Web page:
Sales of CD singles have risen for the first time in five years. In the past two decades, CD single sales have plummeted to about 36 million a year from about 72 million in the early 1980s.
The slump has been blamed on downloading from websites and bootlegging and some high street stores have pulled out of the market altogether.
But from April to June, sales of CD singles went up for the first time since 1999, to 6.6 million, a 15.4 per cent increase from this time last year, according to the British Phonographic Industry (BPI). The turnaround is being partly attributed to the decision to introduce a new lower-priced, two-track CD single in response to flagging sales.
The popularity of tracks such as Eamon's "F*** It (I Don't Want You Back)", the biggest-selling single of the quarter, which sold more than half a million copies, is also being seen as contributing to the rise.
But the annual value of single sales is still lower than last year, at £60,512 compared with last year's £75,062.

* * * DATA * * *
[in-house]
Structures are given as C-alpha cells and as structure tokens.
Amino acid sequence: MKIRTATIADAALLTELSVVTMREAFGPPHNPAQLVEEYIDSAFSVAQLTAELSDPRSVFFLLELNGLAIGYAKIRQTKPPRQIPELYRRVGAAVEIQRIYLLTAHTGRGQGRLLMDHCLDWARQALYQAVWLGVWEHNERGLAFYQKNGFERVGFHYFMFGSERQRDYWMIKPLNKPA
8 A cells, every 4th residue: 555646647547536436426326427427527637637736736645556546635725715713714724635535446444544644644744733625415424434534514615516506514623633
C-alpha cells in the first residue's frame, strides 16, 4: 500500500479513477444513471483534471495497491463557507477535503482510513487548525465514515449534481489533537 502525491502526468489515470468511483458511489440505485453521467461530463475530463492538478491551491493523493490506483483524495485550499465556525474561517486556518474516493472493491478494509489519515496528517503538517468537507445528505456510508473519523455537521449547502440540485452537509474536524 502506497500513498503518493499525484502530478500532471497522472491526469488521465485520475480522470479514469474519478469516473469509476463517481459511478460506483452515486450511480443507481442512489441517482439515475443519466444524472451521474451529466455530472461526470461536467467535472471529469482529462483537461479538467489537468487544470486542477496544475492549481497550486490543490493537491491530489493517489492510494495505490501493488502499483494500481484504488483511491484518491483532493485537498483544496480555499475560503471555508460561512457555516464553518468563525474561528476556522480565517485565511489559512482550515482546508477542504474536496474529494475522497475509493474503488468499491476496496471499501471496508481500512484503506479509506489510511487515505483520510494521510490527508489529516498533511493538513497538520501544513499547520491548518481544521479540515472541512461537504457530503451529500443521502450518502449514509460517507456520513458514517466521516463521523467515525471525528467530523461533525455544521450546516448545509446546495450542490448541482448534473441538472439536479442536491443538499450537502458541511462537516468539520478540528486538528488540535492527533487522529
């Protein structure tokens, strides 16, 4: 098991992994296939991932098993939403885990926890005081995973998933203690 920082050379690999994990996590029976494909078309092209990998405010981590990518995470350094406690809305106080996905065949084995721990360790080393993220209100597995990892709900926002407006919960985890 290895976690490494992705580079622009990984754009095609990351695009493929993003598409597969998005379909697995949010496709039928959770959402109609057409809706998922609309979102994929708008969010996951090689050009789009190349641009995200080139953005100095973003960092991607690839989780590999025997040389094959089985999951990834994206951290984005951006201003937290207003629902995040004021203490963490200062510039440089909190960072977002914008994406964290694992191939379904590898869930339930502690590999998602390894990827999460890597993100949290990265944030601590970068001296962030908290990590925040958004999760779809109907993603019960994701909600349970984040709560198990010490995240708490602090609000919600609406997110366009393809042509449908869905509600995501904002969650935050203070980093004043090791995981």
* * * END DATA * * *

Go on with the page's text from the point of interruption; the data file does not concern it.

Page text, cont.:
There is good news for the legal download market, according to the quarterly market review. A total of 1.5 million legal downloads were sold over the past three months, after the UK launch of iTunes and Napster.
Sales have increased from 100,000 to 500,000 a month to make two million permanent download sales so far this year.
Peter Jamieson, the chairman of BPI, said: "Downloading increasingly means that consumers can buy what they want when they want it.
"After years of work laying the foundations for the legal download business, the industry is seeing its dream of a celestial jukebox coming true." The BPI said that album sales were also up 3.7 per cent.
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